Comment A UBI can actually foster more jobs (Score 5, Interesting) 917

Entrepreneurship is at a low (especially among Millenials) because of low consumer confidence - people are afraid for their financial security because of their job insecurity and are afraid to take risks, especially when their various insurances can be jeopardized and they have ever increasing rents and bills. This sticks people into dead end jobs.

There will be a portion of people who sit on their asses with UBI on the dole, but anyone with even a hint of drive will strike out on their own and try to hit it big with whatever business idea they've been cooking up, knowing that there's a UBI safety net under them if the business happens to fail. Entrepreneurship is the lifeblood of a capitalist country and is the only way people can avoid being turned into wageslaves, and anything that encourages entrepreneurship can help keep business competition thriving. I have complete faith that the additional economic activity from people who would go for the gold will sharply outbalance the people who end up sitting on their asses, who quite frankly wouldn't have done much other than sit at their dead end job anyway.

Comment How long has Podesta's email been compromised? (Score 4, Insightful) 269

I'm surprised John Podesta hasn't been given a security audit by the campaign. Audit as in, replaced phone/email/computers with securely vetted stuff + had a security contractor audit and harden his accounts with better passwords/2factor/cleaning out cross referenced credentials.

Comment Most are warehouse employees (Score 1) 44

Relevant quote

>“If you look at non-ops related employees — essentially everyone else — that growth rate, while strong, is below our revenue growth rate, so we are seeing some leverage,” he said.

Outside of Seattle, Amazon resembles the backend of Wal-mart more than anything else.

Comment It's never been about the specific tech (Score 4, Insightful) 108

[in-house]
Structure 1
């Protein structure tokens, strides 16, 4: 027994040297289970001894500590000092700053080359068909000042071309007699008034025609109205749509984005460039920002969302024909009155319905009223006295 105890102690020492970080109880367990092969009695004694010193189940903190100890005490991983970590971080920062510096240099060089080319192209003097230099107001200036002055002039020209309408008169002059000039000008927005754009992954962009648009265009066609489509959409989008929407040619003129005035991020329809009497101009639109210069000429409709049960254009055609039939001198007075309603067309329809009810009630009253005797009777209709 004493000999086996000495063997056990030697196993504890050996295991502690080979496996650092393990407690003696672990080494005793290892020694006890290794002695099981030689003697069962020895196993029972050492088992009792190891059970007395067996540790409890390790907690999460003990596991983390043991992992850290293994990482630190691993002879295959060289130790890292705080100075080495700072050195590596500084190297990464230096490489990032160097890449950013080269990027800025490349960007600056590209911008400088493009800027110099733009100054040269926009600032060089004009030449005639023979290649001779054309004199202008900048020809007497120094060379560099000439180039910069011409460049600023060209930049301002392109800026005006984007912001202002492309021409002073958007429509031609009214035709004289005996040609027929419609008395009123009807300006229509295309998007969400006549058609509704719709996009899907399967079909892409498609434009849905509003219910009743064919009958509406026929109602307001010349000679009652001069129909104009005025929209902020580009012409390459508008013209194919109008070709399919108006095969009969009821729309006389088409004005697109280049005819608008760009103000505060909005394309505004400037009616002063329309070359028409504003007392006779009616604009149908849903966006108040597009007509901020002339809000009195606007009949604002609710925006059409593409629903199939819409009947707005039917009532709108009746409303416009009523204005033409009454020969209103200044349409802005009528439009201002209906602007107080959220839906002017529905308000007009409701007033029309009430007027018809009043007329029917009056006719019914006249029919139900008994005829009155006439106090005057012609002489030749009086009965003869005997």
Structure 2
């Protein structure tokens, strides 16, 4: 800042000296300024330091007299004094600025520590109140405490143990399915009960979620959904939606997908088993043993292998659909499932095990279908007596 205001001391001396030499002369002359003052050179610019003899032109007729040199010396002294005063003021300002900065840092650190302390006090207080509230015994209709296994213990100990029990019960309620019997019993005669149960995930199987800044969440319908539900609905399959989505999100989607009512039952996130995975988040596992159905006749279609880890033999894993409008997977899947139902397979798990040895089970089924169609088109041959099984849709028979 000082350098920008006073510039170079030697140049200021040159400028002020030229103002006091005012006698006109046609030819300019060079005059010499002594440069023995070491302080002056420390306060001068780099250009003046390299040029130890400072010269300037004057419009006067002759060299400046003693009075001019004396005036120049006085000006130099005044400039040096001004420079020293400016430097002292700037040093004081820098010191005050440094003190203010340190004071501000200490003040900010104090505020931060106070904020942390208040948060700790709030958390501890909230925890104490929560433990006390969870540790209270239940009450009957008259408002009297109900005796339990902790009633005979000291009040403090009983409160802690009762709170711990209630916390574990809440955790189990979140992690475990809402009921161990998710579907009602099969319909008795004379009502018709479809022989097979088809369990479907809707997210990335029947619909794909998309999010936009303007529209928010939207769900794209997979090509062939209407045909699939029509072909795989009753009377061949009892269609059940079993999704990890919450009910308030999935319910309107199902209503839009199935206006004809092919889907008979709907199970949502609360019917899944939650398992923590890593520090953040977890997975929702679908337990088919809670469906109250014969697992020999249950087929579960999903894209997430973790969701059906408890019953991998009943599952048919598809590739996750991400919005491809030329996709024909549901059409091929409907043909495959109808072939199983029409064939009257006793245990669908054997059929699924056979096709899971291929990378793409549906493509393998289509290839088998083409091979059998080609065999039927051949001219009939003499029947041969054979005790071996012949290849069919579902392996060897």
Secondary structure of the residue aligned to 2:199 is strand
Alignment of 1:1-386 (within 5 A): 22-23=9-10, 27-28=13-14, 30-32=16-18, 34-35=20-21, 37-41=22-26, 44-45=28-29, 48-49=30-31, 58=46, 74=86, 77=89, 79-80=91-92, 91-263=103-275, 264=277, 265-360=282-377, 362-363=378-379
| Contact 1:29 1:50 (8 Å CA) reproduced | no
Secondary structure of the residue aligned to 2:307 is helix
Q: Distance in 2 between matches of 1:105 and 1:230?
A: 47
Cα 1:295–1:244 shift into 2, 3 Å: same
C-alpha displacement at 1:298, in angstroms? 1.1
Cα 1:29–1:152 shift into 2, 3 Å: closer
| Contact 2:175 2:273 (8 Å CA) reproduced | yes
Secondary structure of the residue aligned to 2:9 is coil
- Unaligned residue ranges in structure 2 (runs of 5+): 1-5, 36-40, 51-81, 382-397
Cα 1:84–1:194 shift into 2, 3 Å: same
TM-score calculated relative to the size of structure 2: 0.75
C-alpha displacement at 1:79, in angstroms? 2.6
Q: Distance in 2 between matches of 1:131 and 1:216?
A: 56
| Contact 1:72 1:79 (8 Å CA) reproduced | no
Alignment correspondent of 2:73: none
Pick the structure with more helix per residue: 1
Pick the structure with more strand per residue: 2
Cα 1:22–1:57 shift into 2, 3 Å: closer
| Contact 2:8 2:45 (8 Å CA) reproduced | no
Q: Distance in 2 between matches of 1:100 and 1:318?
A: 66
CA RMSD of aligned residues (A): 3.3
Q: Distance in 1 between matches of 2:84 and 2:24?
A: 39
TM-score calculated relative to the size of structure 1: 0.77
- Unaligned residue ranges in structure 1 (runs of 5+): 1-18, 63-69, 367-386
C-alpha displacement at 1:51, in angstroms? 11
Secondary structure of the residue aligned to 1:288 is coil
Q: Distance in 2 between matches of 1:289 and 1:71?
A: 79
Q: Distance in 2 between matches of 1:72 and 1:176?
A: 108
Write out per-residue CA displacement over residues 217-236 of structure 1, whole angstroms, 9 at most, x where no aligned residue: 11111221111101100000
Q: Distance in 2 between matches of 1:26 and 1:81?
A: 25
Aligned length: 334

A bad ad network is a bad ad network, whether they're sending out flash units, html5 units, or putting up billboards on a highway overpass. A middleman injecting malware doesn't care what the underlying tech is, they care about if the network vets their shit on delivery.

Nobody with a brain thought HTML5 was 'more secure' than Flash in of itself.

Comment I had sympathy for Gawker until the trial details (Score 5, Interesting) 284

At a high level, sure, money shouldn't give you the ability to completely shut down voices you don't like.

But at the trial, Gawker seemed to both not take the trial seriously (the infamous 4 year old line) and simply treated it like another story they'd post to get clicks. Denton and Daulerio seemed to think they were above the entire fray until the judgment, at which point they turned the entire other way and started trying to rouse sympathy from their readership. They mishandled their own defense to the point of comedy and made the jury entirely unsympathetic. It's hard for me to think they didn't bring this on themselves.

I hope Deadspin and Jalopnik find new homes, there are some good writers for those two sites.

Comment Number of accounts matters as well (Score 4, Interesting) 153

I strongly suspect that 'millennials' have password protected accounts at far more places online than 51+ people. At that point it doesn't matter how strong your password is, but which shitty service stores your password as unsalted MD5 and lets the intern leave the remote login session active

Comment UBI vs Deflation (Score 1) 372

The concept of helicopter money's been making the rounds as a more effective alternate to QE money (QE gives the money to governments, who may end up spending it unwisely), but it should be noted that it's a direct response to deflationary pressures around the world that's attacking currencies and sapping credit. Helicopter money the economic concept is only meant to be applied until the threat of deflation goes away - a UBI is a social policy, not a fiscal one.

It would be interesting to explore how a UBI would affect the core consumer price index. My suspicion is that the US might be the only country that could pull it off, only because the dollar is the world's standard reserve currency.